On lenses, you can get a new 35mmF/2.0 and a new 50mmF/1.8 for $400. I know I harp on it, but fast lenses are more important than the camera. If you shop some on ebay, you could get a 20 or 24mmF/2.8, a 35mmF/2.0 and a 50mmF/1.8 for your $500 lens budget and every one of them will blow any consumer lens in the weeds. Primes are the best deal in fast glass, and changing lenses quickly is not hard. People did it for years. Unless you do fast stuff like weddings or sports, there isnt any reason not to use prime lenses. You will think more about composition, your photos will be sharper and colors will "pop", and your body of work will be better.

    You could get a used D70 or a new D50 and a full starter set of prime lenses for a grand if you shop well.
     
  5. seanmac45

    seanmac45 CLM

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    Paul;

    I would guess that you are not a fan of the 18-200 lens because it is not fast?
     
  6. ponykilr

    ponykilr Off The Porch

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    The 18-200...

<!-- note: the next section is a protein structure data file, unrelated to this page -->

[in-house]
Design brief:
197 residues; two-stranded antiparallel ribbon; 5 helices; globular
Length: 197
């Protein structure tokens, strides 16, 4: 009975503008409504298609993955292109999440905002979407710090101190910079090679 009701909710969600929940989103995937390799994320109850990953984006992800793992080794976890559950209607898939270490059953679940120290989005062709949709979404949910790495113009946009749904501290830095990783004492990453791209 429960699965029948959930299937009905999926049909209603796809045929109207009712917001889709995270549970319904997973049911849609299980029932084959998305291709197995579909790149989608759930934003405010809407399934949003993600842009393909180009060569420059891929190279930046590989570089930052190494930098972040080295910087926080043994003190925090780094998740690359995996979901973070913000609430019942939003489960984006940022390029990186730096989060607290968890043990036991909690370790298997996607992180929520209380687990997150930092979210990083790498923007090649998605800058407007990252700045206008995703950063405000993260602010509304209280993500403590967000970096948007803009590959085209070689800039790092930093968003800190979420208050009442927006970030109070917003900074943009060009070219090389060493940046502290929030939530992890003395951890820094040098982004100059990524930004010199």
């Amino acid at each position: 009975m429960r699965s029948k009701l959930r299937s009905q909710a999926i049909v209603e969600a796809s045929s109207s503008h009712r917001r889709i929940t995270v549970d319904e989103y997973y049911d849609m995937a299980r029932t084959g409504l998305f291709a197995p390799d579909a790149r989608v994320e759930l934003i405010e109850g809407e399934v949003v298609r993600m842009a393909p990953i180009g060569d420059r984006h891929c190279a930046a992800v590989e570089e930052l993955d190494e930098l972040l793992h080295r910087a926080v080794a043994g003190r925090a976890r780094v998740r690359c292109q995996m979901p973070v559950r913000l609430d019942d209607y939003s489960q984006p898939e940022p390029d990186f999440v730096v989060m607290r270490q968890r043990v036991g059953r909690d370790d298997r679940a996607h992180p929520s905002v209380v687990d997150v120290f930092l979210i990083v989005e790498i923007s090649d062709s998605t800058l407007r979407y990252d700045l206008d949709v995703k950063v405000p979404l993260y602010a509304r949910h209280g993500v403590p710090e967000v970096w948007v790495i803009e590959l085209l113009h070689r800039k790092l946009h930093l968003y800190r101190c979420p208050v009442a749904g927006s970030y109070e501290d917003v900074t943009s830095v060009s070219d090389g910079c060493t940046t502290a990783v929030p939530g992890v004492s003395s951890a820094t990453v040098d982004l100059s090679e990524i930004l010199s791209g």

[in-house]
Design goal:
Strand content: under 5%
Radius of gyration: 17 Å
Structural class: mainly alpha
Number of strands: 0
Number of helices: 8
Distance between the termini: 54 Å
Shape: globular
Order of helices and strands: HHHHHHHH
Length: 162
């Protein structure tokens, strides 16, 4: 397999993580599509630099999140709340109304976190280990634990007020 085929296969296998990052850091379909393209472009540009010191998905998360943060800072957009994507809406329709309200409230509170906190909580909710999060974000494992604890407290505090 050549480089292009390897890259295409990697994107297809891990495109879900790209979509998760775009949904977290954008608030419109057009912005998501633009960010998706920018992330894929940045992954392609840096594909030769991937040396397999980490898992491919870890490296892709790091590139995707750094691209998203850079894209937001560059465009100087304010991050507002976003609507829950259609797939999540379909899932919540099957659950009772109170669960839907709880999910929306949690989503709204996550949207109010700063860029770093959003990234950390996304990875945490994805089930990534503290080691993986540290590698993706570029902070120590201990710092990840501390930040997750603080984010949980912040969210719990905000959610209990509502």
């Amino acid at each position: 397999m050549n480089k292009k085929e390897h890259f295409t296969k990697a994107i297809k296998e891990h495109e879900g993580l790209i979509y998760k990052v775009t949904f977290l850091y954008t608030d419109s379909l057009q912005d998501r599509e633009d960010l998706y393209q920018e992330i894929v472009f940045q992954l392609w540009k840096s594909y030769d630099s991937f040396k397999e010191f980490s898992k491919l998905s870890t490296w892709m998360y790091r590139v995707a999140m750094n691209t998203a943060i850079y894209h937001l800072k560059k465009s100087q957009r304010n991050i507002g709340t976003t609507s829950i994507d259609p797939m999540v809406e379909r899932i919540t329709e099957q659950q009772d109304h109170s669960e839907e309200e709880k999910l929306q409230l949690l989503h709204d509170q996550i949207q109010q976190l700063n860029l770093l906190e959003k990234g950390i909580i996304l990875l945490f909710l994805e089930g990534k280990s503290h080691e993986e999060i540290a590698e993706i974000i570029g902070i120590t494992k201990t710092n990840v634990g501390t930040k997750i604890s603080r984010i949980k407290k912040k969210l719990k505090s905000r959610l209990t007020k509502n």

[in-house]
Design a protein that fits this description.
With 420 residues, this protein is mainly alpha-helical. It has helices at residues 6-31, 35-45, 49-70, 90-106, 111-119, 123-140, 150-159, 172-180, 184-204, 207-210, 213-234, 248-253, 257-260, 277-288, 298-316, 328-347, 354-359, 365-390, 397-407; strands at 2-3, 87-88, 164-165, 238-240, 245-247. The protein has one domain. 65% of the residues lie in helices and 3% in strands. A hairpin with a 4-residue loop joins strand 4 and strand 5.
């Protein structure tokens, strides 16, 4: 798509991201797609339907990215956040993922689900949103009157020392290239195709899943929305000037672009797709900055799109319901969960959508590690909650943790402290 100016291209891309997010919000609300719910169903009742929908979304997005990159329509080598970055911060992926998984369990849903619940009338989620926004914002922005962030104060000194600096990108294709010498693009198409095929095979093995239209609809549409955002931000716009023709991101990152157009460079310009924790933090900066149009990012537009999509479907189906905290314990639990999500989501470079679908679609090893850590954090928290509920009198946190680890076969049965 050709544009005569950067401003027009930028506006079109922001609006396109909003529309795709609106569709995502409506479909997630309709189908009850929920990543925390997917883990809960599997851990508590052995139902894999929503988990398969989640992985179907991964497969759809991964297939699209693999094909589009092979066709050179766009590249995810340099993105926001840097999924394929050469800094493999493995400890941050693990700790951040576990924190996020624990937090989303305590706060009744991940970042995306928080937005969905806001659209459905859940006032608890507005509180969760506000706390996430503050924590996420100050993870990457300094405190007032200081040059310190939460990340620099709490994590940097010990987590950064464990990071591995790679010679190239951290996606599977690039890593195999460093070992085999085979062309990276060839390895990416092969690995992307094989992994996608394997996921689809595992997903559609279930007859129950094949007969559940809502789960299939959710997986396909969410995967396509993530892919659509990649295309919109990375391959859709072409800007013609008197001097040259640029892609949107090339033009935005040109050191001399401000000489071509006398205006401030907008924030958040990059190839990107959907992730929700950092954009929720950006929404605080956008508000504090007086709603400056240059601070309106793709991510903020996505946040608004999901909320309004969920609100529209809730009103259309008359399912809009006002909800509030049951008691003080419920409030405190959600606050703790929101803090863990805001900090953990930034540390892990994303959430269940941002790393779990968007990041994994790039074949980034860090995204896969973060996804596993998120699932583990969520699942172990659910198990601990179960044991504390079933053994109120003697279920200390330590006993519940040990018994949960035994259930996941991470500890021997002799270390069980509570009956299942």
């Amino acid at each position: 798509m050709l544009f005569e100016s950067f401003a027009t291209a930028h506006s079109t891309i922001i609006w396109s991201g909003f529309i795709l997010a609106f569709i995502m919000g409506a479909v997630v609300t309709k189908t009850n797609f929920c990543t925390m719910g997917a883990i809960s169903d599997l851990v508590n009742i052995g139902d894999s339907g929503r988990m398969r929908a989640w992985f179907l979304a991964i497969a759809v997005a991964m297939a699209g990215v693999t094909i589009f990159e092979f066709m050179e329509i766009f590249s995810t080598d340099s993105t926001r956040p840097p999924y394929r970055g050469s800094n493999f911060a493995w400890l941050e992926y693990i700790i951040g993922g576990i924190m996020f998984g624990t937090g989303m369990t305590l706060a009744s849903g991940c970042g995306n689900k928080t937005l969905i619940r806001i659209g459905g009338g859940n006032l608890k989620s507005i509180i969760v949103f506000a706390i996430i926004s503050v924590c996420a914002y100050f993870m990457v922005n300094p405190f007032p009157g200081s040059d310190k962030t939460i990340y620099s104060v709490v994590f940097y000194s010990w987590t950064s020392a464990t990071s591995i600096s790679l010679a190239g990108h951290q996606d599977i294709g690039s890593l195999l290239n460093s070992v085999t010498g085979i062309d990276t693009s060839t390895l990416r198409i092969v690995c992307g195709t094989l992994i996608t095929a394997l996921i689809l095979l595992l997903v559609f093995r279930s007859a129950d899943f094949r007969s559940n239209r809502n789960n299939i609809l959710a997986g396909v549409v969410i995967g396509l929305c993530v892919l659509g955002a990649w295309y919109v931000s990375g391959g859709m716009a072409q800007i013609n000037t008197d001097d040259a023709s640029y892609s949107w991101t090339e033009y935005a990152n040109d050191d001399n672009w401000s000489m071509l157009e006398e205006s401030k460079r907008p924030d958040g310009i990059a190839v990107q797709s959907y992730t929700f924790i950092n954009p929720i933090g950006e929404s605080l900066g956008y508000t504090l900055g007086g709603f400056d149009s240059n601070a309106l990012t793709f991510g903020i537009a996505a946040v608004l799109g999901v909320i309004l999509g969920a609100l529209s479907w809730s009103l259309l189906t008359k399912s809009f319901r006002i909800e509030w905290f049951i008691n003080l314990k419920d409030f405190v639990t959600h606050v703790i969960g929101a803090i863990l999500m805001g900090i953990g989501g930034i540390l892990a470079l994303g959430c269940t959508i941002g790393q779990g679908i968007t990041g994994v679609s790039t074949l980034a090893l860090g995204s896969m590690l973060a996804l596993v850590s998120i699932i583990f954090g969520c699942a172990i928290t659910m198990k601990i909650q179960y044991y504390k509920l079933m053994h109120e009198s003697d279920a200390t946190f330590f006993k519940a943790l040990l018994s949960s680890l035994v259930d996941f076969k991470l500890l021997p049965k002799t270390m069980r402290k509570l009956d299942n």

No other lens has ever created the hysteria that this one has. It is simply the best consumer snapshot lens ever. it is a technical marvel. But it is not professional quality and it is not fast.

    Go to "the Nikonians" website and see what most folks think of them once they use them a while.

    It has bad distortion at the wide end, so it's main draw(being a wide for digital lens) is moot because objects on the edge of the frame will look like a circus mirror. It will not work well in poor light due to it's max aperture of F/3.5(and believe me, it's not really even 3.5) so much of your shots indoors will be blurred or simply not sharp without flash. Flash indoors looks like crap most of the time unless you bounce it and it is distracting to say the least. Remember, VR is for handshake, not freezing movement. It is soft at the long end and it's poor f/5.6 at this zoom setting will not work for sports.